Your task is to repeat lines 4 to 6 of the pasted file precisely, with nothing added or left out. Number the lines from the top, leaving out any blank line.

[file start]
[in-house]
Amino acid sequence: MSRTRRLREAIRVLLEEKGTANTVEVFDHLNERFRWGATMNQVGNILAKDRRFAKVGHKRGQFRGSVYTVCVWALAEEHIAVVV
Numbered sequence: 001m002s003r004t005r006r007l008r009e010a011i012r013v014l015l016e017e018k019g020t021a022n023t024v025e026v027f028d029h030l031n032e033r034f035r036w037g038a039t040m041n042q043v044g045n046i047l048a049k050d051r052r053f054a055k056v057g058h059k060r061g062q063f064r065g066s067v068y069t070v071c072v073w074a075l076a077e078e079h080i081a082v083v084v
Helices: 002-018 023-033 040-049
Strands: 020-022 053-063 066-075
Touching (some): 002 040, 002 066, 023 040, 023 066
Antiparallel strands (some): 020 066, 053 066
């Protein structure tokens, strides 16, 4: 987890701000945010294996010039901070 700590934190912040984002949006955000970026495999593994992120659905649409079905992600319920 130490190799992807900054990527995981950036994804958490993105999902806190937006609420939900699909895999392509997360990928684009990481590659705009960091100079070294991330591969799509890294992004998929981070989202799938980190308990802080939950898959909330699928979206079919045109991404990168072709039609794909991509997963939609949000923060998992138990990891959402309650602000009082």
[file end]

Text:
Helices: 002-018 023-033 040-049
Strands: 020-022 053-063 066-075
Touching (some): 002 040, 002 066, 023 040, 023 066